Porch renovation continues: Finishing the trim

We’ve made a lot of progress on the front of the house in the last few months, though we haven’t done much for the last 2 weeks. We’ve been a bit preoccupied watching every U.S. match during the Women’s World Cup, celebrating our 7th anniversary last weekend in Western Maryland and catching up on Harry Potter books and movies before watching the final installment tomorrow afternoon at a matinee in Chinatown.

But back to the house; where are we? Here’s the original checklist from the start of the front of house project:

  1. Rip out chain link fence, ivy, and all weeds and existing plants (save for the hosta we didn’t know we had, the tree, and the hydrangea.
  2. Turn over soil, remove bricks and rocks (and shell casings,) replant front yard with all new plants.
  3. Repair and repaint the lattice underneath the porch, strip and repaint front porch joist
  4. Install a new pipe and spigot to replace broken/leaky pipe coming from house. (Stuck with the professionals on this one.)
  5. Strip concrete steps and pedestals of all 87 layers of peeling blue-grey paint.
  6. Repair broken and cracked concrete, repaint or stain concrete steps
  7. Paint all beige trim white, repaint porch ceiling lighter color.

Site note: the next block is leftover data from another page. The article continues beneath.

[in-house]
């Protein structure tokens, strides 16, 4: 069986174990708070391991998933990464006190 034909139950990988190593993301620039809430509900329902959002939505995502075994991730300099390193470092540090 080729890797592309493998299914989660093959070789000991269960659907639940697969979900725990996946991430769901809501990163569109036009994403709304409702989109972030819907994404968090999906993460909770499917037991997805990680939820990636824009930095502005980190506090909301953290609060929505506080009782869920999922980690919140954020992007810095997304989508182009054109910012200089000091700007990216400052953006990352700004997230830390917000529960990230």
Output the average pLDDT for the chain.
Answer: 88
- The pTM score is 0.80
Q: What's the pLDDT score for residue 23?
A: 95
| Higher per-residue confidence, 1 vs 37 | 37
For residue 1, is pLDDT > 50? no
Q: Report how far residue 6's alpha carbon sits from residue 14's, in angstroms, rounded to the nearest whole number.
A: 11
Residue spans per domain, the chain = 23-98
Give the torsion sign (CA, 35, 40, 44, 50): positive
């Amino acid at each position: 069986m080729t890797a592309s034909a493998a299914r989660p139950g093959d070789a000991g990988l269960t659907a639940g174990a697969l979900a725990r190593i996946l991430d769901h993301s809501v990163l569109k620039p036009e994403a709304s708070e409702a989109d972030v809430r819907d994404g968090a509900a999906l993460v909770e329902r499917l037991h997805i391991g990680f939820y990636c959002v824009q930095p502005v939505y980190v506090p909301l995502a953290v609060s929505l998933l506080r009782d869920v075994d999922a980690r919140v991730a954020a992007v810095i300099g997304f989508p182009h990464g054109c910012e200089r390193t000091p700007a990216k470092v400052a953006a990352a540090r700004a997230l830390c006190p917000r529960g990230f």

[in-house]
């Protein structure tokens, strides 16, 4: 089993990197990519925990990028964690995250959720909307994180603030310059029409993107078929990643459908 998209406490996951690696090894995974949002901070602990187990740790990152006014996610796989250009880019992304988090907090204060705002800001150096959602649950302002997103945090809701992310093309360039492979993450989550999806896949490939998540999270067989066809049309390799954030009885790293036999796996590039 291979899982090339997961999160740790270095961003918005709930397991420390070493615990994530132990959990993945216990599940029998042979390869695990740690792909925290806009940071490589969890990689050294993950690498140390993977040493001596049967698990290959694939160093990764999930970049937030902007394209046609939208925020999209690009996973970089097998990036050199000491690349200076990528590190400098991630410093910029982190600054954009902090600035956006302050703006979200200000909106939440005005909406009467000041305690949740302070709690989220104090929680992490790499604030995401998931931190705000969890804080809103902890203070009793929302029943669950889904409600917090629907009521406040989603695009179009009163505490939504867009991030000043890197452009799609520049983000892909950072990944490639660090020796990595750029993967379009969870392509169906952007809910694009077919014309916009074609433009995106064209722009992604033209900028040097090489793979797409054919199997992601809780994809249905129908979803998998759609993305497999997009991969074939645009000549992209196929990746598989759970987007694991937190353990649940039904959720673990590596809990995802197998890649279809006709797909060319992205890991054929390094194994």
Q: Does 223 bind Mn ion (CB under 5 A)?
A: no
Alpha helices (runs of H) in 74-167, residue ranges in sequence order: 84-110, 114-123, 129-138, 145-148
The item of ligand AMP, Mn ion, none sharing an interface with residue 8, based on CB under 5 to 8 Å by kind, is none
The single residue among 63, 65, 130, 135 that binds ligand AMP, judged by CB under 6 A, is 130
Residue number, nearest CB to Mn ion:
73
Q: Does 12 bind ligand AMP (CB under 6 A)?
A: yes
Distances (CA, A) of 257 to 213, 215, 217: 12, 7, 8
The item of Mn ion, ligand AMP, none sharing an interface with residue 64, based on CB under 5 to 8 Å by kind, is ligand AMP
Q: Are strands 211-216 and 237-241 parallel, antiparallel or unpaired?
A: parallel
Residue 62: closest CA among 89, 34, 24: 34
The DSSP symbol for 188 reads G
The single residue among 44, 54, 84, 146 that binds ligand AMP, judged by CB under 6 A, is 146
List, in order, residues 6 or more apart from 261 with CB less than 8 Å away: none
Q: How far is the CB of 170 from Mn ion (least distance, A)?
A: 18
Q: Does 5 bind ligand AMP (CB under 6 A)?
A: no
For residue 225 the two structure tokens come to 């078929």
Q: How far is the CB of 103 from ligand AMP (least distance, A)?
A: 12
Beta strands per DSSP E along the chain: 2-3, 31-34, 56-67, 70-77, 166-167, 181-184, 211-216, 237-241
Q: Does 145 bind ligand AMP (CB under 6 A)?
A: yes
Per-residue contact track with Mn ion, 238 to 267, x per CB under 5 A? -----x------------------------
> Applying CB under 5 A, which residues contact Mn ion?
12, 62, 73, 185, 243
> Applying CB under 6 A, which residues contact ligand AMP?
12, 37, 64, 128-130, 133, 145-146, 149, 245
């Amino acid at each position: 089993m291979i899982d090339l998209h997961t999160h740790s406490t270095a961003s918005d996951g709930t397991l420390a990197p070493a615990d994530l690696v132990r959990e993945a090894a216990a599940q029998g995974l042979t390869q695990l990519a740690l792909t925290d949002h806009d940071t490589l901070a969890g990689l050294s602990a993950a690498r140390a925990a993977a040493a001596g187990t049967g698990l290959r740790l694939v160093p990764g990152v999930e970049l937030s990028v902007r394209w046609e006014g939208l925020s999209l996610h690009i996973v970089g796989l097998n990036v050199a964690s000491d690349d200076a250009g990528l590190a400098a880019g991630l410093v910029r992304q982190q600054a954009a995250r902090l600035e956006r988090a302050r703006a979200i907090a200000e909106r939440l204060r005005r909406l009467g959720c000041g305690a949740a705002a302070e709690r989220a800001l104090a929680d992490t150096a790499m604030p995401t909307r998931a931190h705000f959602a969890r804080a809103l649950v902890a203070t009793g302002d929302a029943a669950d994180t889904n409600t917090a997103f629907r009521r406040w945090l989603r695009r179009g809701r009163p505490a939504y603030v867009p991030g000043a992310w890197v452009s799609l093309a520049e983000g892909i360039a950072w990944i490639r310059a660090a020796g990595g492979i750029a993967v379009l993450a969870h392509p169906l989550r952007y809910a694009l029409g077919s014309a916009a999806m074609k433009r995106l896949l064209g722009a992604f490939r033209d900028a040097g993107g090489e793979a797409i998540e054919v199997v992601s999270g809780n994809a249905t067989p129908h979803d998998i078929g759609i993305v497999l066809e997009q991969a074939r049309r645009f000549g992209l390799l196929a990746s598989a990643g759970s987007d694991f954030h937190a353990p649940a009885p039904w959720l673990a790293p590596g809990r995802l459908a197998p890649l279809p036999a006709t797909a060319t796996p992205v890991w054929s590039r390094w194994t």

8. Tear out old front porch railing, rebuild and replace with comparable period railing to match.
  9. Decide what to do about porch flooring. Replace a few boards, replace all of them, repaint?

I’ve already documented the concrete stripping in exhaustive detail, which is entirely complete other than a few last stubborn spots, concrete repair and then a final decision about paint, stain or nothing. For now, we like the naked concrete look so we’re keeping that on the steps at least. We’ll probably paint the pedestals and column caps fairly soon, though.

Up next was the trim on the porch. As you can see in the before pictures, our upstairs windows were replaced with white vinyl windows before we bought the house, and they’re not the kind that can be repainted easily. That, combined with the fact that we didn’t like the beige anyway, led us to choose a white (same shade as our interior trim) for all of the beige trim.

I thought about trying to strip down all the layers of beige paint (and the turquoise paint on the ceiling), but decided it would just be too much work. (Sometimes, in these moments, I ask myself what my favorite DC house renovator/blogger would do, and then I realize Alex and Wendy have much higher standards than I do. They would probably spend 3 weeks stripping all the paint off. Me? I’m way too impatient to start another project where I won’t see progress for weeks. There, I said it.)

I settled for scraping off all the loose and peeling paint with the wire brush and sanding it down as best as I could with the orbital sander and some 80-150 grit paper.

So once I finished with the concrete stripping, I started painting the beige trim white. Luckily my arms are freakishly long. (I have a reach usually 1-2 inches longer than fellas sometimes an inch or two taller than me. Weird.) I was able to paint the entire front fascia by standing on the columns and stretching out.